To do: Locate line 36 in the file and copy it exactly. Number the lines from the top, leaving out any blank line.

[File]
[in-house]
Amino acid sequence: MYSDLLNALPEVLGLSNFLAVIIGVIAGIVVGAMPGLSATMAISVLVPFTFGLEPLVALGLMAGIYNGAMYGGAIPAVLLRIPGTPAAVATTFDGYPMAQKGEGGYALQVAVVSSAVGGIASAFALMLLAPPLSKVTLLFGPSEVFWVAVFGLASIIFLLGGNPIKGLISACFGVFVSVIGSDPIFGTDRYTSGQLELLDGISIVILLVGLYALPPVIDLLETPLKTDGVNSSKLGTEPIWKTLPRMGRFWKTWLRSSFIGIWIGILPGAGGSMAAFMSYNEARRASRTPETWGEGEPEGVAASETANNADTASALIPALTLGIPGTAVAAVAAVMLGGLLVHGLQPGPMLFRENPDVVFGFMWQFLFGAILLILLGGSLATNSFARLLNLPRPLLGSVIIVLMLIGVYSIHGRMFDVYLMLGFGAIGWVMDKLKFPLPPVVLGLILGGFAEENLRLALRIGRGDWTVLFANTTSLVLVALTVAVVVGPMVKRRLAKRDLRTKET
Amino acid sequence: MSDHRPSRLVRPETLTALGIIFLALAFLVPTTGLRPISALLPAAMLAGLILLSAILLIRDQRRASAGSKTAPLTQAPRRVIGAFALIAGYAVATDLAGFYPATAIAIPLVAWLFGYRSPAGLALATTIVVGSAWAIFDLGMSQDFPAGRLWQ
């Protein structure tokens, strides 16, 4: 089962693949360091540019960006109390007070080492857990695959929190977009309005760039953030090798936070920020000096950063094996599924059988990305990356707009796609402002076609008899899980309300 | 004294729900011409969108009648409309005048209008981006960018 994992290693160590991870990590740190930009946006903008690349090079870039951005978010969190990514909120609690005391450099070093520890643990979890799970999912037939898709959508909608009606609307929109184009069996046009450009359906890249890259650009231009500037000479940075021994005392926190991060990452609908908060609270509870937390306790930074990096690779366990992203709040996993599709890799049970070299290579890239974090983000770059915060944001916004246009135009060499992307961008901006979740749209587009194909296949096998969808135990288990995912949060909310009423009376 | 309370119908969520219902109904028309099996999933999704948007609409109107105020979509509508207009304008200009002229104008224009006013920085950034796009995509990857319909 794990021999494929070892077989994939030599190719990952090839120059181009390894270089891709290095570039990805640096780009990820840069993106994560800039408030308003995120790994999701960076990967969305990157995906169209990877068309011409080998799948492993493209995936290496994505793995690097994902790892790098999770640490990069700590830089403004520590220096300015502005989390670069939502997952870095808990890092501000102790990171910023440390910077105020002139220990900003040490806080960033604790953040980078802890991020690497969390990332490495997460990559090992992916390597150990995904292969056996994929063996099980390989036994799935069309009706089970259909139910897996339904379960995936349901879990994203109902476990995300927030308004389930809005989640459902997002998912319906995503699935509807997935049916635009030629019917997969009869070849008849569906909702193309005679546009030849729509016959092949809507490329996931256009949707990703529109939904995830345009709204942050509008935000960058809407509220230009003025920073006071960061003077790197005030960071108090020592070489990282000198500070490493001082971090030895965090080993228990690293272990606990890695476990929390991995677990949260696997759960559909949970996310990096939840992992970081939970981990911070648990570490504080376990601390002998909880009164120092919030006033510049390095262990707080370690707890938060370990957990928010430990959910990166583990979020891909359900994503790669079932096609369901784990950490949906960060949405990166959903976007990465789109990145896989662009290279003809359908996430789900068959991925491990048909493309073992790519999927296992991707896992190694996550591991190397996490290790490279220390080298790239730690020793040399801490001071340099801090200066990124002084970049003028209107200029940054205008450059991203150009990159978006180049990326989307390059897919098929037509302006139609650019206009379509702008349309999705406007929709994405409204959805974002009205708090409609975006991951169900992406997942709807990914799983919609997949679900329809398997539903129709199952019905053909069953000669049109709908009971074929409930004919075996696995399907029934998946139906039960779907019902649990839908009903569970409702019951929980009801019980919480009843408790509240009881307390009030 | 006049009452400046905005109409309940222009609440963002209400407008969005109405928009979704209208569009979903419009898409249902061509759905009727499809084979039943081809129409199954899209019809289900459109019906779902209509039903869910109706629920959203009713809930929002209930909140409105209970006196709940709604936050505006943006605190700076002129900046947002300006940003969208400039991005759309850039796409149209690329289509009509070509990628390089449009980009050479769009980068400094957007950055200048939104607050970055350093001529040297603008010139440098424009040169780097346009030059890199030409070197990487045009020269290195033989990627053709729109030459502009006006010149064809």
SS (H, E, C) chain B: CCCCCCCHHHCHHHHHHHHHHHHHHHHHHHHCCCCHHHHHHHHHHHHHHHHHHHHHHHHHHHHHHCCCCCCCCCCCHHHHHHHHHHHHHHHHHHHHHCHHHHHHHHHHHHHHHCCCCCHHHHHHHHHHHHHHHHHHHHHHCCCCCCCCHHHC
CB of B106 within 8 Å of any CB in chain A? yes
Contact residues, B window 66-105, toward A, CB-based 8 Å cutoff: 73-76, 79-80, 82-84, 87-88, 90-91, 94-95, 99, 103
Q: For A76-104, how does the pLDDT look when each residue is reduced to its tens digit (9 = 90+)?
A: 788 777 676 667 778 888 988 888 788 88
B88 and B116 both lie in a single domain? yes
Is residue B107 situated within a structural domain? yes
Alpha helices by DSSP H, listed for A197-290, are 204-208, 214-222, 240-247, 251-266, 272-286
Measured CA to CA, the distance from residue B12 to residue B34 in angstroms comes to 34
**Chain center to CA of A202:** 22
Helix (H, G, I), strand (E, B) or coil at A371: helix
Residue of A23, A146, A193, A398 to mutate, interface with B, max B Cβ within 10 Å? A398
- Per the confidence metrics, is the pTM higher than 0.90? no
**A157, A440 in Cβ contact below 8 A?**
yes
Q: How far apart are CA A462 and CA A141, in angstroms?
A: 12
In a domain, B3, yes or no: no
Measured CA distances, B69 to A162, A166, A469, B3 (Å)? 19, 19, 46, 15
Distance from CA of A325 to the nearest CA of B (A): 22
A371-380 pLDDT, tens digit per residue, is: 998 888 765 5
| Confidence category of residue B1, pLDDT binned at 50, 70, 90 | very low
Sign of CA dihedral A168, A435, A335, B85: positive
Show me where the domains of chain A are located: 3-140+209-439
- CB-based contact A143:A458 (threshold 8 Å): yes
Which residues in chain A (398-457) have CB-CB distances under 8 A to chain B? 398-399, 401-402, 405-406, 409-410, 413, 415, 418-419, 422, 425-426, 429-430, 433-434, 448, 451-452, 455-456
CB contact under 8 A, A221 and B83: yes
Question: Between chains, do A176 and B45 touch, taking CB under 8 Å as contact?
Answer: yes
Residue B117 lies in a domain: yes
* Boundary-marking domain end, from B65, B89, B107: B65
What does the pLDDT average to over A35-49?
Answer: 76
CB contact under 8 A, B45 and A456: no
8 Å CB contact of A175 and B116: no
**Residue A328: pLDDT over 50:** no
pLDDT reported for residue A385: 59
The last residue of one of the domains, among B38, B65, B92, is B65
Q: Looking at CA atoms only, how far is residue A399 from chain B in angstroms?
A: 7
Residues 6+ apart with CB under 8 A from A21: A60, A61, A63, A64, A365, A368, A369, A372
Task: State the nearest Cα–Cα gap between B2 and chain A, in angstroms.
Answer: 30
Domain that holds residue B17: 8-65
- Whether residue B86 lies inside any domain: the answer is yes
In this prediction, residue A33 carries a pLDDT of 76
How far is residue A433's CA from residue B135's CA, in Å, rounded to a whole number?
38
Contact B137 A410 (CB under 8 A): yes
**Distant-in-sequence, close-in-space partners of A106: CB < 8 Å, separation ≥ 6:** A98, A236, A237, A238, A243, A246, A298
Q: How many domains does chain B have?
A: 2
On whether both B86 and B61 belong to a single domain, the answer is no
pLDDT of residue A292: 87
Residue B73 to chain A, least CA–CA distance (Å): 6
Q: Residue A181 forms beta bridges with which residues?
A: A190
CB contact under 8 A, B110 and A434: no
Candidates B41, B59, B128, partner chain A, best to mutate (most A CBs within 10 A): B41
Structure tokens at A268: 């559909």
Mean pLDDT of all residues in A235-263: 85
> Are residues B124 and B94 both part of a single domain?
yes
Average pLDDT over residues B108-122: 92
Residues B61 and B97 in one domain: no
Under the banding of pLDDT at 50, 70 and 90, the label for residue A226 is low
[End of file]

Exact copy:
What does the pLDDT average to over A35-49?